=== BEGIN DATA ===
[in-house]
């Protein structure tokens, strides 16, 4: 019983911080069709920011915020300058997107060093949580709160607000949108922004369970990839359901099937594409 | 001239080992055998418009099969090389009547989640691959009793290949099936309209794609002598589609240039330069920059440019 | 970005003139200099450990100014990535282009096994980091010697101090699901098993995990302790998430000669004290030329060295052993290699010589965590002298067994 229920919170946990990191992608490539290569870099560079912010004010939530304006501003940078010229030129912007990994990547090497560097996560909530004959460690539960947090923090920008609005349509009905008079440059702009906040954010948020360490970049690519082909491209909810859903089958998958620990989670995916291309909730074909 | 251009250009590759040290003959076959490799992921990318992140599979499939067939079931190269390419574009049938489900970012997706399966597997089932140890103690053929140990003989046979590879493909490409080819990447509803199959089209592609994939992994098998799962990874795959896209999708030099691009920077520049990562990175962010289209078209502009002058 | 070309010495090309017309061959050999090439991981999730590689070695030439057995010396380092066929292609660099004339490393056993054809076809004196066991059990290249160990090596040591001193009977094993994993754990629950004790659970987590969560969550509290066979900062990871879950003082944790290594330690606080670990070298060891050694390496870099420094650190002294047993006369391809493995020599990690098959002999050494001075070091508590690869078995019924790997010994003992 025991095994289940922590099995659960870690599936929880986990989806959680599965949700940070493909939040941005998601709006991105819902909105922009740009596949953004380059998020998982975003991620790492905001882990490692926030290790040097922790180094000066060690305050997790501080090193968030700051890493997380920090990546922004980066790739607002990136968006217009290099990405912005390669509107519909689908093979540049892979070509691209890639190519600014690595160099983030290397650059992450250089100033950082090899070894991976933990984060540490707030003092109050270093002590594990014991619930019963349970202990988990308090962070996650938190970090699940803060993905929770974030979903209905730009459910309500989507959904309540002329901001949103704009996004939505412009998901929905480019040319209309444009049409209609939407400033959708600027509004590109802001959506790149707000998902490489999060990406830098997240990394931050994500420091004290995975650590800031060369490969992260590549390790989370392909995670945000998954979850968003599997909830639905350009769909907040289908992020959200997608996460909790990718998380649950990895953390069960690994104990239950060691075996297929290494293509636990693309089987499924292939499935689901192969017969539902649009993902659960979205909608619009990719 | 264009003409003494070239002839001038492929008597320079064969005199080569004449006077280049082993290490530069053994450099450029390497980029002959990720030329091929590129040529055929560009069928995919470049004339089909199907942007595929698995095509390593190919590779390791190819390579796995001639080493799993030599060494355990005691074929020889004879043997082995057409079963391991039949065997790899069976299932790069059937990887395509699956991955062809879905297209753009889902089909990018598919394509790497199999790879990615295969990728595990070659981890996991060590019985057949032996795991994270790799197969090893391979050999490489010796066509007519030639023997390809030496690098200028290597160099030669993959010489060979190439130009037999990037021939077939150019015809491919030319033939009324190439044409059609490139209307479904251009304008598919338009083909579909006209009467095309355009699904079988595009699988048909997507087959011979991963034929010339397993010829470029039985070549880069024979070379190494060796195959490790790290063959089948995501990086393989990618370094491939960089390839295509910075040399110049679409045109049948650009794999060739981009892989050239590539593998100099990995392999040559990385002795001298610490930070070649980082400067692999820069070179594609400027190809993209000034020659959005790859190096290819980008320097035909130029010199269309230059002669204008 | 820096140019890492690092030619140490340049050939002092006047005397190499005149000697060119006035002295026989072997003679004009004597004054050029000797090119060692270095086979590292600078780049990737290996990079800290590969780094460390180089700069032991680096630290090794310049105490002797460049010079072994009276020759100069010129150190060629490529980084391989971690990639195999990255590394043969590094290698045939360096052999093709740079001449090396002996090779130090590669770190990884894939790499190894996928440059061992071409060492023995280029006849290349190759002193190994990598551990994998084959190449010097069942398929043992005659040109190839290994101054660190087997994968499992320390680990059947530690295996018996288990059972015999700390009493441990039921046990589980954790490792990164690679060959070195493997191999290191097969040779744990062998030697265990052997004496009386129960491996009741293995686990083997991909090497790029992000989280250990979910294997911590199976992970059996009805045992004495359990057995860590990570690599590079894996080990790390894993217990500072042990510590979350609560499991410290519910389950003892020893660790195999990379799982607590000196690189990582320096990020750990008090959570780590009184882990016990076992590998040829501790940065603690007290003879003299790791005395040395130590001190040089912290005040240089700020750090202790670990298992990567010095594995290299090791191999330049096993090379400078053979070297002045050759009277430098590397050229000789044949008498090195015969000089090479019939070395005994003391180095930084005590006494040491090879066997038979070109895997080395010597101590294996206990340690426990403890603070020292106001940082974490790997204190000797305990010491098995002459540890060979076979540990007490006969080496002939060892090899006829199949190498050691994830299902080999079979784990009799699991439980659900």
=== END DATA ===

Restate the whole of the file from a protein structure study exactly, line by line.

[in-house]
């Protein structure tokens, strides 16, 4: 019983911080069709920011915020300058997107060093949580709160607000949108922004369970990839359901099937594409 | 001239080992055998418009099969090389009547989640691959009793290949099936309209794609002598589609240039330069920059440019 | 970005003139200099450990100014990535282009096994980091010697101090699901098993995990302790998430000669004290030329060295052993290699010589965590002298067994 229920919170946990990191992608490539290569870099560079912010004010939530304006501003940078010229030129912007990994990547090497560097996560909530004959460690539960947090923090920008609005349509009905008079440059702009906040954010948020360490970049690519082909491209909810859903089958998958620990989670995916291309909730074909 | 251009250009590759040290003959076959490799992921990318992140599979499939067939079931190269390419574009049938489900970012997706399966597997089932140890103690053929140990003989046979590879493909490409080819990447509803199959089209592609994939992994098998799962990874795959896209999708030099691009920077520049990562990175962010289209078209502009002058 | 070309010495090309017309061959050999090439991981999730590689070695030439057995010396380092066929292609660099004339490393056993054809076809004196066991059990290249160990090596040591001193009977094993994993754990629950004790659970987590969560969550509290066979900062990871879950003082944790290594330690606080670990070298060891050694390496870099420094650190002294047993006369391809493995020599990690098959002999050494001075070091508590690869078995019924790997010994003992 025991095994289940922590099995659960870690599936929880986990989806959680599965949700940070493909939040941005998601709006991105819902909105922009740009596949953004380059998020998982975003991620790492905001882990490692926030290790040097922790180094000066060690305050997790501080090193968030700051890493997380920090990546922004980066790739607002990136968006217009290099990405912005390669509107519909689908093979540049892979070509691209890639190519600014690595160099983030290397650059992450250089100033950082090899070894991976933990984060540490707030003092109050270093002590594990014991619930019963349970202990988990308090962070996650938190970090699940803060993905929770974030979903209905730009459910309500989507959904309540002329901001949103704009996004939505412009998901929905480019040319209309444009049409209609939407400033959708600027509004590109802001959506790149707000998902490489999060990406830098997240990394931050994500420091004290995975650590800031060369490969992260590549390790989370392909995670945000998954979850968003599997909830639905350009769909907040289908992020959200997608996460909790990718998380649950990895953390069960690994104990239950060691075996297929290494293509636990693309089987499924292939499935689901192969017969539902649009993902659960979205909608619009990719 | 264009003409003494070239002839001038492929008597320079064969005199080569004449006077280049082993290490530069053994450099450029390497980029002959990720030329091929590129040529055929560009069928995919470049004339089909199907942007595929698995095509390593190919590779390791190819390579796995001639080493799993030599060494355990005691074929020889004879043997082995057409079963391991039949065997790899069976299932790069059937990887395509699956991955062809879905297209753009889902089909990018598919394509790497199999790879990615295969990728595990070659981890996991060590019985057949032996795991994270790799197969090893391979050999490489010796066509007519030639023997390809030496690098200028290597160099030669993959010489060979190439130009037999990037021939077939150019015809491919030319033939009324190439044409059609490139209307479904251009304008598919338009083909579909006209009467095309355009699904079988595009699988048909997507087959011979991963034929010339397993010829470029039985070549880069024979070379190494060796195959490790790290063959089948995501990086393989990618370094491939960089390839295509910075040399110049679409045109049948650009794999060739981009892989050239590539593998100099990995392999040559990385002795001298610490930070070649980082400067692999820069070179594609400027190809993209000034020659959005790859190096290819980008320097035909130029010199269309230059002669204008 | 820096140019890492690092030619140490340049050939002092006047005397190499005149000697060119006035002295026989072997003679004009004597004054050029000797090119060692270095086979590292600078780049990737290996990079800290590969780094460390180089700069032991680096630290090794310049105490002797460049010079072994009276020759100069010129150190060629490529980084391989971690990639195999990255590394043969590094290698045939360096052999093709740079001449090396002996090779130090590669770190990884894939790499190894996928440059061992071409060492023995280029006849290349190759002193190994990598551990994998084959190449010097069942398929043992005659040109190839290994101054660190087997994968499992320390680990059947530690295996018996288990059972015999700390009493441990039921046990589980954790490792990164690679060959070195493997191999290191097969040779744990062998030697265990052997004496009386129960491996009741293995686990083997991909090497790029992000989280250990979910294997911590199976992970059996009805045992004495359990057995860590990570690599590079894996080990790390894993217990500072042990510590979350609560499991410290519910389950003892020893660790195999990379799982607590000196690189990582320096990020750990008090959570780590009184882990016990076992590998040829501790940065603690007290003879003299790791005395040395130590001190040089912290005040240089700020750090202790670990298992990567010095594995290299090791191999330049096993090379400078053979070297002045050759009277430098590397050229000789044949008498090195015969000089090479019939070395005994003391180095930084005590006494040491090879066997038979070109895997080395010597101590294996206990340690426990403890603070020292106001940082974490790997204190000797305990010491098995002459540890060979076979540990007490006969080496002939060892090899006829199949190498050691994830299902080999079979784990009799699991439980659900």